Two additional State Department employees, John W. Ford and Joseph Bezjian, were sent to Moscow in March 1951 to investigate this and other suspected bugs in the British and Canadian embassy buildings. They conducted a technical surveillance counter-measures "sweep" of the Ambassador's office, using a signal generator and a receiver in a setup that generates audio feedback ("howl") if the sound from the room is transmitted on a given frequency. During this sweep, Bezjian found the device in the Great Seal carving.:2
The Central Intelligence Agency set about to analyze the device, and hired people from the British Marconi Company to help with the analysis. Marconi technician Peter Wright, a British scientist and later MI5 counterintelligence officer, ran the investigation. He was able to get The Thing working reliably with an illuminating frequency of 800 MHz. (The generator which had discovered the device was tuned to 1800 MHz.)
The membrane of the Thing was extremely thin, and was damaged during handling by the Americans; Wright had to replace it.
The simplicity of the device caused some initial confusion during its analysis; the antenna and resonator had several resonant frequencies in addition to its main one, and the modulation was partially both amplitude modulated and frequency modulated. The team also lost some time on an assumption that the distance between the membrane and the tuning post needed to be increased to increase resonance.
Wright's examination led to development of a similar British system codenamed SATYR, used throughout the 1950s by the British, Americans, Canadians and Australians.
There were later models of the device, some with more complex internal structure (the center post under the membrane attached to a helix, probably to increase Q), and some American models with dipole antennas. Maximizing the Q-factor was one of the engineering priorities, as this allowed higher selectivity to the illuminating signal frequency, and therefore higher operating distance and also higher acoustic sensitivity.
In 1960, The Thing was mentioned on the fourth day of meetings in the United Nations Security Council, convened by the Soviet Union over the 1960 U-2 incident where a U.S. spy plane had entered their territory and been shot down. The U.S. ambassador showed off the bugging device in the Great Seal to illustrate that spying incidents between the two nations were mutual and to allege that Nikita Khrushchev had magnified this particular incident out of all proportion as a pretext to abort the 1960 Paris Summit.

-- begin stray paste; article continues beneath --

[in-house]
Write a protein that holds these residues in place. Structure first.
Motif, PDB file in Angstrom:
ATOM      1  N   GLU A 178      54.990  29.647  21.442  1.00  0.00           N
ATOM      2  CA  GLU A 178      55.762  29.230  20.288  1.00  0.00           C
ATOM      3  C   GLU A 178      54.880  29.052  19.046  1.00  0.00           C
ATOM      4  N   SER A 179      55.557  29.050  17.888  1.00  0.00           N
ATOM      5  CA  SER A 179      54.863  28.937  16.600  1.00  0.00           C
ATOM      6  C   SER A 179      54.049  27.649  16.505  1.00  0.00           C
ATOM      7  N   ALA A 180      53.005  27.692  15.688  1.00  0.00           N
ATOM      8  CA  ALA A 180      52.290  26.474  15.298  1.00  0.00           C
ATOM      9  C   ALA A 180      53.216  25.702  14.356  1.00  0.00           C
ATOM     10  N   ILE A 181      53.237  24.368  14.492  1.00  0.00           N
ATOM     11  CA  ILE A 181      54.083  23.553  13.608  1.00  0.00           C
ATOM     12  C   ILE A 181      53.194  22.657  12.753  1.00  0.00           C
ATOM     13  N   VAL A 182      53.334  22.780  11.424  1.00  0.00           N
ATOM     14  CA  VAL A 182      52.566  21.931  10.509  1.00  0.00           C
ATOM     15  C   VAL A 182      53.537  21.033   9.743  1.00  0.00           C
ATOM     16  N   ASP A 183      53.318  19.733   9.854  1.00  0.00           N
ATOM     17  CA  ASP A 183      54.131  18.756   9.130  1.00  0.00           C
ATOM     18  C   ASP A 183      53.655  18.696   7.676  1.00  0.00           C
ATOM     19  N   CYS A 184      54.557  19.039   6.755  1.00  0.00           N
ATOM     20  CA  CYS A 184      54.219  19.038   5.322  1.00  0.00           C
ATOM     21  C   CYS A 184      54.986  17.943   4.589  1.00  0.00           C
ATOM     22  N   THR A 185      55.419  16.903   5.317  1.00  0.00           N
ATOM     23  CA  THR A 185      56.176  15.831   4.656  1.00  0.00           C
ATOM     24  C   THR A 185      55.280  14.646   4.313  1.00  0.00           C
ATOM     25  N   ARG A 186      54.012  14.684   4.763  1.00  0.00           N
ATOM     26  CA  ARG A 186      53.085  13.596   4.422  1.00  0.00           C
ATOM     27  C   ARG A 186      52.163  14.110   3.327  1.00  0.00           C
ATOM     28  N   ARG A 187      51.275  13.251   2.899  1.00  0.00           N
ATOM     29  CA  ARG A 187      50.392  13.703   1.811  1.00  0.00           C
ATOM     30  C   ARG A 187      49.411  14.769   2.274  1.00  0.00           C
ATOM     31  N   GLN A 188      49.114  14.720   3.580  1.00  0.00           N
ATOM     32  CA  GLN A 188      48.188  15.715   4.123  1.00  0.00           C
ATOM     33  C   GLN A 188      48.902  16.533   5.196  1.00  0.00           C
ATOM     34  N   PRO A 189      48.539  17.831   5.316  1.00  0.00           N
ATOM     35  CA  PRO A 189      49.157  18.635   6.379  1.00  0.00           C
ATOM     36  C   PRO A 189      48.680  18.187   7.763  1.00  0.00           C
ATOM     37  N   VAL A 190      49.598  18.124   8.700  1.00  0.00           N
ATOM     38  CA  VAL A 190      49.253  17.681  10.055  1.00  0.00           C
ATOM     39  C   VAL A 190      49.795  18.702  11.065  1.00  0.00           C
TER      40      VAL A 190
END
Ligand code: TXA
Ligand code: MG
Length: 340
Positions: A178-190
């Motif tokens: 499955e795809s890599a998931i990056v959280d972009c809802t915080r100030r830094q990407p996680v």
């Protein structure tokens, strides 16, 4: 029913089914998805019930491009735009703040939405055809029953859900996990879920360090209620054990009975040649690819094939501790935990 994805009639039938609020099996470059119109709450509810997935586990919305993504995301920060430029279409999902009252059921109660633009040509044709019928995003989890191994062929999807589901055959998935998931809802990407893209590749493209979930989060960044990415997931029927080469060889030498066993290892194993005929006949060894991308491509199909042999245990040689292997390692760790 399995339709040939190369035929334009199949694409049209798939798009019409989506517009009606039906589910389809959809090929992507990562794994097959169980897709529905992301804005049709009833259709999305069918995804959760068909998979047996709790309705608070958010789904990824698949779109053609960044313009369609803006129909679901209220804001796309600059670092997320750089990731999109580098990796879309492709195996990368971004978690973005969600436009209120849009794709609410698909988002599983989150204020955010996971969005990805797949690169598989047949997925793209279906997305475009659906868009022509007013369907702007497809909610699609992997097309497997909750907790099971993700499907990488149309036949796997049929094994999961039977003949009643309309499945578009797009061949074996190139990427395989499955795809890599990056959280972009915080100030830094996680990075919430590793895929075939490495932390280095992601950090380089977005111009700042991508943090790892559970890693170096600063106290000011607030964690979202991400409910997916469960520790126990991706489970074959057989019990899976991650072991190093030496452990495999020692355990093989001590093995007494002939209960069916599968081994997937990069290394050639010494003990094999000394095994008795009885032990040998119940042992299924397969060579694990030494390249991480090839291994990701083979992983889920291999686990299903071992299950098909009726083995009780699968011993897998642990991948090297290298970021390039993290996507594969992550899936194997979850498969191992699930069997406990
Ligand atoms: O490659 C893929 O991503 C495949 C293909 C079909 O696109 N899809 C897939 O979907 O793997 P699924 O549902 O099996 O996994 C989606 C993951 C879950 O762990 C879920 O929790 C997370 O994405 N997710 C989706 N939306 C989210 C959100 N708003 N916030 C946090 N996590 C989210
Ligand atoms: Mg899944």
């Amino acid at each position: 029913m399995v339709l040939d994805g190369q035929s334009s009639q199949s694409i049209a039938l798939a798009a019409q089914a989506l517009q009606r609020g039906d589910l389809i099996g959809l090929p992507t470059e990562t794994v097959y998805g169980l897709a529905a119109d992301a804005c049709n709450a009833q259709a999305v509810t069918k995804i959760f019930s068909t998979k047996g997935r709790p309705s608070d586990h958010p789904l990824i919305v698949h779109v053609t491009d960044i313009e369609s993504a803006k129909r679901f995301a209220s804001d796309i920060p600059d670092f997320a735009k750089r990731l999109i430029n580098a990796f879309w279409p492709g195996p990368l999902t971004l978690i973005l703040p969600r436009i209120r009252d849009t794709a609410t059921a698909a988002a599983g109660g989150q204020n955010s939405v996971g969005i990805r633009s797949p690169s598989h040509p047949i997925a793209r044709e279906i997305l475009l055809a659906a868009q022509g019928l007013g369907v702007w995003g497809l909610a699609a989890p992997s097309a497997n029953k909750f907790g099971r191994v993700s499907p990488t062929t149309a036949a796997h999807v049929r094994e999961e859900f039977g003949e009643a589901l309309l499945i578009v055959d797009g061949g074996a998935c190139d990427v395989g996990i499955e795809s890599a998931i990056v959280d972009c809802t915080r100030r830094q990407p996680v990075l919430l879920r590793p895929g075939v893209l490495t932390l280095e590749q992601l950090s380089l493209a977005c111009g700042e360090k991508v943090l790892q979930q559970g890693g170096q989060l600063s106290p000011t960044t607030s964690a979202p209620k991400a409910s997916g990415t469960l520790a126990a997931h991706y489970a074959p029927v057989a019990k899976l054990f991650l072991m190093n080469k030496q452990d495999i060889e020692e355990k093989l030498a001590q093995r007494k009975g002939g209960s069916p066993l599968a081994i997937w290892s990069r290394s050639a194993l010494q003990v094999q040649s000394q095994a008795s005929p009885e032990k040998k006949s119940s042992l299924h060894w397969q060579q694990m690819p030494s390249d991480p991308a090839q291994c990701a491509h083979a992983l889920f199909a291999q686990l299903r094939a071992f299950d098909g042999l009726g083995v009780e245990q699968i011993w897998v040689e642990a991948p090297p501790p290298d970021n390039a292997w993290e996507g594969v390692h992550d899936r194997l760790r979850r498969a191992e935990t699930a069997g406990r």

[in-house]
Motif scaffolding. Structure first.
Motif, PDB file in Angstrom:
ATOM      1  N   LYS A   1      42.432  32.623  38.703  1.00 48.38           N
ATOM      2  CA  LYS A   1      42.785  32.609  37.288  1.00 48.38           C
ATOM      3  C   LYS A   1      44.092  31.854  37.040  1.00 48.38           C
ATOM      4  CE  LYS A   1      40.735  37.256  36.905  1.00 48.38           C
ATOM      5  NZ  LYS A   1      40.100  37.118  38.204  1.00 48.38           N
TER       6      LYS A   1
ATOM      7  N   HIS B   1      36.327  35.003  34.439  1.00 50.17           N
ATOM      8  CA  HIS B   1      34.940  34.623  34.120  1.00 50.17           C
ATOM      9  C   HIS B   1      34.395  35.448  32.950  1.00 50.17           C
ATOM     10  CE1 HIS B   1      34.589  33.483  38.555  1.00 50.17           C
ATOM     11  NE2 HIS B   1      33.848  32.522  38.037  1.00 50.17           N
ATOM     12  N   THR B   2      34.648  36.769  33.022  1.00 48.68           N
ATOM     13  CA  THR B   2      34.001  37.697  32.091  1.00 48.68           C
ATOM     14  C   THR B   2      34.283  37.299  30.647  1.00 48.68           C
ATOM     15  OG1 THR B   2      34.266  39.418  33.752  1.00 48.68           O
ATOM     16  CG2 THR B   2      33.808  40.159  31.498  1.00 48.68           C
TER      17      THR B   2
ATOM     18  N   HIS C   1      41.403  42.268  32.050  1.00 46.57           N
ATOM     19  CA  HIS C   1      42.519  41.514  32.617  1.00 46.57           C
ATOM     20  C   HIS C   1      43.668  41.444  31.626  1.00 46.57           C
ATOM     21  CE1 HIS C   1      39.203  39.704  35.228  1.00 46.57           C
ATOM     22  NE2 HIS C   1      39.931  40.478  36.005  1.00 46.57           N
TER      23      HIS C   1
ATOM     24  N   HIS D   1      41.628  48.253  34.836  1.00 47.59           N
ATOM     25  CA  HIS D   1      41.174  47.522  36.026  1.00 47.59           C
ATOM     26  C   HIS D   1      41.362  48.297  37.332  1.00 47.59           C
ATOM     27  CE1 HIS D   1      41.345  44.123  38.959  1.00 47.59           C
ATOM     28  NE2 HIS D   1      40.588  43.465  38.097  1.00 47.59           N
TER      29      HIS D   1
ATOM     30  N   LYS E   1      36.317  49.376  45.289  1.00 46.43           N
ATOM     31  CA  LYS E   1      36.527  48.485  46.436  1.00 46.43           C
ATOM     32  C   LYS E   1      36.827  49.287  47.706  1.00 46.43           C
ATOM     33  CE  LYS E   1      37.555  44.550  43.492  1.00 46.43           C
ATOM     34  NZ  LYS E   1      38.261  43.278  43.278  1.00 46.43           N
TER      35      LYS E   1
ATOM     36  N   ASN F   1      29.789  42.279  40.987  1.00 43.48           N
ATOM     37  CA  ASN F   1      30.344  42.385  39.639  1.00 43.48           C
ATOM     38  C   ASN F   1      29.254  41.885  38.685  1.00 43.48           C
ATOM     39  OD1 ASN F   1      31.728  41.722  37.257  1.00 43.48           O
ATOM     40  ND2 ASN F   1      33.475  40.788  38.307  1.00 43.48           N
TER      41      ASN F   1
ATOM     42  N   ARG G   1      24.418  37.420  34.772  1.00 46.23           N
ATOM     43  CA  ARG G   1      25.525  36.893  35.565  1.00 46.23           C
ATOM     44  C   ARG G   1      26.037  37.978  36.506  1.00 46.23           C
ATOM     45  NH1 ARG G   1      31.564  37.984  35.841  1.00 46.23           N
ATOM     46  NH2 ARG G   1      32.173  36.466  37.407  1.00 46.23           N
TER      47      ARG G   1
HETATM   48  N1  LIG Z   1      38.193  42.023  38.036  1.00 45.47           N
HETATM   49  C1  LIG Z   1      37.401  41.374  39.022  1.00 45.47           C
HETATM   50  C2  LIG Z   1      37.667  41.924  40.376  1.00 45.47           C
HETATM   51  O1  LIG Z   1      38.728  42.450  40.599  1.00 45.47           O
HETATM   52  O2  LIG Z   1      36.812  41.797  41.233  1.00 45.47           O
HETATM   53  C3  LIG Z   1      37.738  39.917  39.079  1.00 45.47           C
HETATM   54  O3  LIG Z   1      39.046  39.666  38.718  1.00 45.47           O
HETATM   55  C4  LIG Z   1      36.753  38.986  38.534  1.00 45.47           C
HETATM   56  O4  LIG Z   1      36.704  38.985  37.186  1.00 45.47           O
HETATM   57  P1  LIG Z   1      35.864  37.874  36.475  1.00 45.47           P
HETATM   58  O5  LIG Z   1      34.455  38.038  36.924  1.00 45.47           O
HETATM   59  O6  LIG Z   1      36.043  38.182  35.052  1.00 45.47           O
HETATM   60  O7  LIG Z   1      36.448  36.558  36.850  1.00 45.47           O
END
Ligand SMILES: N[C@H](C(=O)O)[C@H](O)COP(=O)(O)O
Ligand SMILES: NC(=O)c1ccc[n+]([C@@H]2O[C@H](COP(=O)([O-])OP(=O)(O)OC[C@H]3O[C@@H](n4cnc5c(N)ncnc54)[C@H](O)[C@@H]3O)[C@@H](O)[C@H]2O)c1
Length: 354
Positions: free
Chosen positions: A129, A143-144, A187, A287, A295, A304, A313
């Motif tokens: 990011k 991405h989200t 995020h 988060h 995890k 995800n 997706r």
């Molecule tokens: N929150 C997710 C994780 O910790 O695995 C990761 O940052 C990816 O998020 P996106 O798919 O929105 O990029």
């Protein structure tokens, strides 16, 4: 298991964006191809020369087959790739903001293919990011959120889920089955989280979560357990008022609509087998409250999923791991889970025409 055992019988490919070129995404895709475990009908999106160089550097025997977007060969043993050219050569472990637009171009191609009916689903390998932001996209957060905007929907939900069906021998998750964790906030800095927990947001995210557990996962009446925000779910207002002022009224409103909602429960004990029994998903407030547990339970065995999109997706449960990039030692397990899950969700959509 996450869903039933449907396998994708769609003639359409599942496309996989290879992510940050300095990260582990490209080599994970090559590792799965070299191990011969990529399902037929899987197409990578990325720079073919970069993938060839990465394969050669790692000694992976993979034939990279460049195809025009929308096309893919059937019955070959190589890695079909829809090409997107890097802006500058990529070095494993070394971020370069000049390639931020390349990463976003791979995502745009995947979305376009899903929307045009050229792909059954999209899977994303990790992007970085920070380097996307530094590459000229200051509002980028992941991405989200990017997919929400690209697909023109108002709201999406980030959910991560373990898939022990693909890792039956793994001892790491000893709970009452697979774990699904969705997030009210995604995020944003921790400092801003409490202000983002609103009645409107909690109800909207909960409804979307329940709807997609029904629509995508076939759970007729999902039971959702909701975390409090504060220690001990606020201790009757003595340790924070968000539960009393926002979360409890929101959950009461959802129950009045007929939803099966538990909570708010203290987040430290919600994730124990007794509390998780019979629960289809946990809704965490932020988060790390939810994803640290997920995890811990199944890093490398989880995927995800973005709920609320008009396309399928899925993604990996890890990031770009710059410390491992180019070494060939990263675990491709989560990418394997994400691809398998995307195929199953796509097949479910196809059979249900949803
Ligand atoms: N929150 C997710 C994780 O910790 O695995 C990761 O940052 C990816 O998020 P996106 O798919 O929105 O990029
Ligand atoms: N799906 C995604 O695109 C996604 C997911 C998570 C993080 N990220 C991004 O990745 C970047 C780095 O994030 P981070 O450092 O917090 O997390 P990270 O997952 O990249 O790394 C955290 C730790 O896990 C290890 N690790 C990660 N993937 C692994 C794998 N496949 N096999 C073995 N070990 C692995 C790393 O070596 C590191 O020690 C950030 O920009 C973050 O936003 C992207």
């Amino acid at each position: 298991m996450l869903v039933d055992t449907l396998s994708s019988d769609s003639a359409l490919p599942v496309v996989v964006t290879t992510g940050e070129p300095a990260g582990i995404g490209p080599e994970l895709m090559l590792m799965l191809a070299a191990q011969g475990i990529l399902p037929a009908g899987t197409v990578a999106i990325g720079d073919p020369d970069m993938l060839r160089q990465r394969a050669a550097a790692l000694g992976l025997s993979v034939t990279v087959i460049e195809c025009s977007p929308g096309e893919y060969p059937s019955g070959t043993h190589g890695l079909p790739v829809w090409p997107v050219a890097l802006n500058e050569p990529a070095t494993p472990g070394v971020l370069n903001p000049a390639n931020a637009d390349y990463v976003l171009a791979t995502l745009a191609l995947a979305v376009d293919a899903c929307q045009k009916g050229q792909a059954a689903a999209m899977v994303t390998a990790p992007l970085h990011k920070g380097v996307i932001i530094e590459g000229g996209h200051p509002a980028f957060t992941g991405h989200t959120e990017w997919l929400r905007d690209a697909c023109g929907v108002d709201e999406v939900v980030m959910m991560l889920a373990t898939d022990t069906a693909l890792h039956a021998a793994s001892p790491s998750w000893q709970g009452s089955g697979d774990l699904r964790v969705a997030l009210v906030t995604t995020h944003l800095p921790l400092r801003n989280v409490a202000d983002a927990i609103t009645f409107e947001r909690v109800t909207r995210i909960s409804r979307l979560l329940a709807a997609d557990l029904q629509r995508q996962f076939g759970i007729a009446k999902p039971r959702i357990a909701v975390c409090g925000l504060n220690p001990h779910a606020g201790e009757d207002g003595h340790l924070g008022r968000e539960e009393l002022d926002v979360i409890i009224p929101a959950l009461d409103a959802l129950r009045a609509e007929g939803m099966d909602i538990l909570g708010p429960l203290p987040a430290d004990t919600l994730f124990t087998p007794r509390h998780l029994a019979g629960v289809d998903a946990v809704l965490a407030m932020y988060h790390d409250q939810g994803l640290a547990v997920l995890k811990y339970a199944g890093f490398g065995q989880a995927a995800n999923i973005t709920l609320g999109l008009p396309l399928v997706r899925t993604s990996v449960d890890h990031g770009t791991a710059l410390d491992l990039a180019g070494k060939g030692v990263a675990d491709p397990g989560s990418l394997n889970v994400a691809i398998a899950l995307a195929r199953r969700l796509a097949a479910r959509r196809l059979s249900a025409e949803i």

- Radio-frequency identification (RFID transmitters)
- Covert listening device
- Nonlinear junction detector
- Technical surveillance counter-measures aka bug sweeping
- Peter Wright
- Hacking Exposed Linux: Linux Security Secrets & Solutions (third ed.). McGraw-Hill Osborne Media. 2008. p. 298. ISBN 978-0-07-226257-5.
- Glinsky, Albert, Theremin: Ether Music and Espionage, University of Illinois Press, Urbana, 2000
- US Patent 2238117, Koch, Winfield R, "Ultra high frequency modulator", published 1941-04-15, assigned to Radio Corporation of America(RCA). Retrieved 24 September 2013. "US 2238117 A" Google Patent Search
- George F. Kennan, Memoirs, 1950–1963, Volume II (Little, Brown & Co., 1972), pp. 155, 156
- Brown(?), Robert. M. (1967). "Electronic Eavesdroping". Electronics World. Ziff-Davis Publishing Company. 77 (3-6): 23. Retrieved 24 September 2013.
- "Design How-To: Eavesdropping using microwaves – addendum". EE Times (eetimes.com). United Business Media. 12 November 2005. Retrieved 24 September 2013.
- Pursglove, S. David (1966). "Great Seal Bug". Electronic Design. Hayden Publishing Company. 14 (14–17): 35. Retrieved 24 September 2013.
- Murray, Kevin. "THE GREAT SEAL BUG STORY". CounterEspionage. counterespionage.com. Retrieved January 10, 2016.
- United Nations Security Council Verbatim Report 860. S/PV/860 page 15. 26 May 1960. Retrieved 2008-08-29.
- Wright, Peter (1987). Spycatcher: The Candid Autobiography of a Senior Intelligence Officer. New York: Viking. ISBN 0-670-82055-5.
- Kennan, George (1967). Memoirs, 1925–1950. Little, Brown.
- Kennan, George (1983). Memoirs: 1950–1963. Pantheon. ISBN 978-0-394-71626-8.
|Wikimedia Commons has media related to Great Seal bug.|
- Passive Resonant Cavity & "Spycatcher" Technical Surveillance Devices
- The Great Seal Bug Story, Spybusters, Kevin D. Murray
- A Trojan Seal – Security Management, Ken Stanley, April 2010
- History of the Bureau of Diplomatic Security of the United States Department of State, October 2011, pp. 136–137
- How the Soviet Union spied on the US embassy for 7 years, Hackaday, Adam Fabio, December 2015